What is migraine?
Migraine is a type of headache with a marked periodical and recurrent character that is accompanied by nausea, vomiting and a hypersensitivity to light and sound. It is more common in women than in men.
A typical attack often begins with warning signs such as mood and emotional changes or a tendency to certain foods (e.g. restlessness, changing smell perception, increased urination, irritation, dizziness, depression, concentration disorder). This phase is usually followed by an 'aura' (visual field disturbances, flashes of light, seeing zigzag lines, seeing circles, seeing 'hot air’, etc.) after which the actual headache starts. Most patients complain of pulsation and throbbing pain behind the eyes on one or both sides of the head.
After the headache phase, one is heavily tired unable to concentrate and the head remains more sensitive to pain.
Migraine attacks can break out at any time of the day but it is not exceptional that they start in the first phase of relaxation (the weekend, start of the holiday). A migraine attack usually takes 4 to 72 hours.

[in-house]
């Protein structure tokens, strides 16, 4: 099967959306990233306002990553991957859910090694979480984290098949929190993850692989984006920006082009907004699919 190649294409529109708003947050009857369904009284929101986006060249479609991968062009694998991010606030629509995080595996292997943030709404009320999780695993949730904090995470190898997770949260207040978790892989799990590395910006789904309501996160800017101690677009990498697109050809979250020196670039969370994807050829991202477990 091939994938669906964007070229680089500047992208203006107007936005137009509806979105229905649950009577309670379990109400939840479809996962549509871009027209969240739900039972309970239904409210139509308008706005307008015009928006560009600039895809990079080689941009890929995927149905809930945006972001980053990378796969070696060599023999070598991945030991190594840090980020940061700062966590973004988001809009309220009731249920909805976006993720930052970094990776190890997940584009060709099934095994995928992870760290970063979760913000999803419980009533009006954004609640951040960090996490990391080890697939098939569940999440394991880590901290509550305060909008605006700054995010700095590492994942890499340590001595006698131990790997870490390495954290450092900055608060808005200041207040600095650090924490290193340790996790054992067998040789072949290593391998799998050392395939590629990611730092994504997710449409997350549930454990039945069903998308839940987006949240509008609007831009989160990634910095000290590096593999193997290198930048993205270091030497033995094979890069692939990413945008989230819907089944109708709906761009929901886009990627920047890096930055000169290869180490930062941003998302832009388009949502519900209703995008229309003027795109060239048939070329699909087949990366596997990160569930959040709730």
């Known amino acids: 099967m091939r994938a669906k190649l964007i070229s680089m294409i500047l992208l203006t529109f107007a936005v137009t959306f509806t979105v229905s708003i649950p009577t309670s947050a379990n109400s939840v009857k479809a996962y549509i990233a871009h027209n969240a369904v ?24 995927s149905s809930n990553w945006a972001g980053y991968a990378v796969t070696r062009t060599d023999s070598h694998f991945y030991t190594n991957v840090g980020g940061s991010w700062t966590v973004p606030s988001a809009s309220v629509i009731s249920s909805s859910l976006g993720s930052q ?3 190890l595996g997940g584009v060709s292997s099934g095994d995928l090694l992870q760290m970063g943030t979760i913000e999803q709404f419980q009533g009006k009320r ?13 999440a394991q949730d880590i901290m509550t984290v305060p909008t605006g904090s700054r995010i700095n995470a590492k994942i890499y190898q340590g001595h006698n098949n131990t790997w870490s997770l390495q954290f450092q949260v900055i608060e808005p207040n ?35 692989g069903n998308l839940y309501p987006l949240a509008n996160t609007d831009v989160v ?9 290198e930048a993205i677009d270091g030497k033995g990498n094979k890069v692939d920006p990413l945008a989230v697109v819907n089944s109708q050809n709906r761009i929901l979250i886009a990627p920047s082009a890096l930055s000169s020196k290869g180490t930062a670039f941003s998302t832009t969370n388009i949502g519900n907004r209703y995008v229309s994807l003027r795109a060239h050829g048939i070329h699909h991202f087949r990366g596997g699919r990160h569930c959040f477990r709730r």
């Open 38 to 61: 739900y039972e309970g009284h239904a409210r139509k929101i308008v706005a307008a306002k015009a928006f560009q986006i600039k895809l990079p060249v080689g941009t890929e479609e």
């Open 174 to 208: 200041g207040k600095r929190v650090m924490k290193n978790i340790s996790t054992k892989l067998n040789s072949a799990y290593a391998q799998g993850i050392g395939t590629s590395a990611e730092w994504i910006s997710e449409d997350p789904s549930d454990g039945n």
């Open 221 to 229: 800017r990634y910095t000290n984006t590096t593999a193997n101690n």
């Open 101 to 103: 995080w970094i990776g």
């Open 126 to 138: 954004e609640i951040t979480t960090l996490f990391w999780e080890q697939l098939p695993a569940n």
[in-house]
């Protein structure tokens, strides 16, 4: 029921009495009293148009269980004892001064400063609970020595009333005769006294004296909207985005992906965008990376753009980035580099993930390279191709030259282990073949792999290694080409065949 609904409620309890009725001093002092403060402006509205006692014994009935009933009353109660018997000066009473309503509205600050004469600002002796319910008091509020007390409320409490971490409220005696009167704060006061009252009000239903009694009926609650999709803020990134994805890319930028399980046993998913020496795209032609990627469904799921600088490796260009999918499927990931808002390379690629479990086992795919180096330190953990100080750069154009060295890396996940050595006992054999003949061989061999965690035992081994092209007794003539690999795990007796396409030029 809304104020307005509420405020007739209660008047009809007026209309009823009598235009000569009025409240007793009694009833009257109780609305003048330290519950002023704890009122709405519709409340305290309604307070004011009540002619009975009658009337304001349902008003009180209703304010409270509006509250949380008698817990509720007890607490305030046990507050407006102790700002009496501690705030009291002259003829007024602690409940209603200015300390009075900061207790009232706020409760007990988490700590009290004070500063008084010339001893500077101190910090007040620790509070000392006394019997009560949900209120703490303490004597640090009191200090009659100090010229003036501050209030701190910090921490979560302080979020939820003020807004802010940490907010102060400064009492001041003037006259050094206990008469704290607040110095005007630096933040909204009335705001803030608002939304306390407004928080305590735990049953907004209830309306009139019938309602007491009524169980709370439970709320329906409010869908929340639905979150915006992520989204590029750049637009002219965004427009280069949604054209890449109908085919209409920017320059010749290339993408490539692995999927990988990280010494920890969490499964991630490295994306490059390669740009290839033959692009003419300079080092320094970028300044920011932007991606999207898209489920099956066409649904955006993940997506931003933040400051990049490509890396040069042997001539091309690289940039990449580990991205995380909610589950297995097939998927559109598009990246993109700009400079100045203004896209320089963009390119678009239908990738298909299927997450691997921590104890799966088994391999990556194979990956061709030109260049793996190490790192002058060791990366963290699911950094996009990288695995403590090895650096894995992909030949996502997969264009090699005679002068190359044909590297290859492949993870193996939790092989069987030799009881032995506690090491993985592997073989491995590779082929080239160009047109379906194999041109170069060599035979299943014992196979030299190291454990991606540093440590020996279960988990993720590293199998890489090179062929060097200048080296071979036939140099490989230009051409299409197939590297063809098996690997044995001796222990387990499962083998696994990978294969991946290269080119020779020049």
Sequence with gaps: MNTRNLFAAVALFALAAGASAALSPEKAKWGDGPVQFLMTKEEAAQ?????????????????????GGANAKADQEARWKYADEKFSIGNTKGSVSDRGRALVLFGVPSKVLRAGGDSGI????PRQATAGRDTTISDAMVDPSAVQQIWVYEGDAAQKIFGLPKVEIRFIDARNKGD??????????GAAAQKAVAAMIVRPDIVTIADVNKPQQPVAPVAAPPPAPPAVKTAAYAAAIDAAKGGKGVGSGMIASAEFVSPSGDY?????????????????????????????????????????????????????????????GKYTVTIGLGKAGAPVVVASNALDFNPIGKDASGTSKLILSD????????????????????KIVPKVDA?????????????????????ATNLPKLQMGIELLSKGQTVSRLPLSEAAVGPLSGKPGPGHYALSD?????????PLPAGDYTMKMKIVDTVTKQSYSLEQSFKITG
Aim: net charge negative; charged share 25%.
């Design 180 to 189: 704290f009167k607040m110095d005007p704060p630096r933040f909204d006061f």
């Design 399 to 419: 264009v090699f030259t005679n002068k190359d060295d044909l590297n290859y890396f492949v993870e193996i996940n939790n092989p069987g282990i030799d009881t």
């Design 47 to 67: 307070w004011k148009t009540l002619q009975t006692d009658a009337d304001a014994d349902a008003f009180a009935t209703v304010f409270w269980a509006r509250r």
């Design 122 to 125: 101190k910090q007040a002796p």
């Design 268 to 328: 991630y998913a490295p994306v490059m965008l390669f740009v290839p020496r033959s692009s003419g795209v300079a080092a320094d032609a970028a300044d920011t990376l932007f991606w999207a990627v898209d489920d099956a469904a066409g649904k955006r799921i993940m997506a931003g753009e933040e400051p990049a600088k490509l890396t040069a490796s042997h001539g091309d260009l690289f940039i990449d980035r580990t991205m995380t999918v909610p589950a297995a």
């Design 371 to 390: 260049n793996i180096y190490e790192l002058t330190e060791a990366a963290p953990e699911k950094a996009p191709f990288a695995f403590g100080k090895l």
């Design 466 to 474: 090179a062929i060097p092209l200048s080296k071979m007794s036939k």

How does migraine develop?
Impulses of the cerebral cortex, the thalamus and the hypothalamus activate the so-called 'center for migraine', which is probably located in the brainstem (raphe nuclei - nuclei for the production of Serotonin - and the locus coeruleus). By activating this center in the brainstem, blood circulation and the activity of the cerebral cortex decreases. This can explain the development of an aura.
Serotonin appears to play an important role in migraine (raphe nuclei). Receptors for serotonin are located in the blood vessels of the brain and in the ends of the fifth cranial nerve (trigeminal nerve).
This can explain, on the one hand, why vasomotor function is disturbed in migraine. During the first phase, the blood vessels of the brain are constricted (vasoconstriction) while they are dilated (vasodilatation) during the headache phase.
On the other hand, it explains the pulsating and throbbing pain sensation, the trigeminal nerve or facial nerve, in fact, is responsible for the feeling in the face.
When the trigeminal is overstimulated, it can provoke autonomic reactions such as nausea and vomiting.
How is migraine treated?
Migraine can usually be treated well with medication. The disadvantage of drugs is that they can have unpleasant side effects. If medication does not adequately suppress the migraine, or gives too many side effects, neuromodulation can be applied. This was scientifically demonstrated by colleagues in Liège.
The precise effect of neuromodulation in migraine is not clear yet, but it may have an influence on the functioning of brain stem cores, which may play a role in the development of migraine.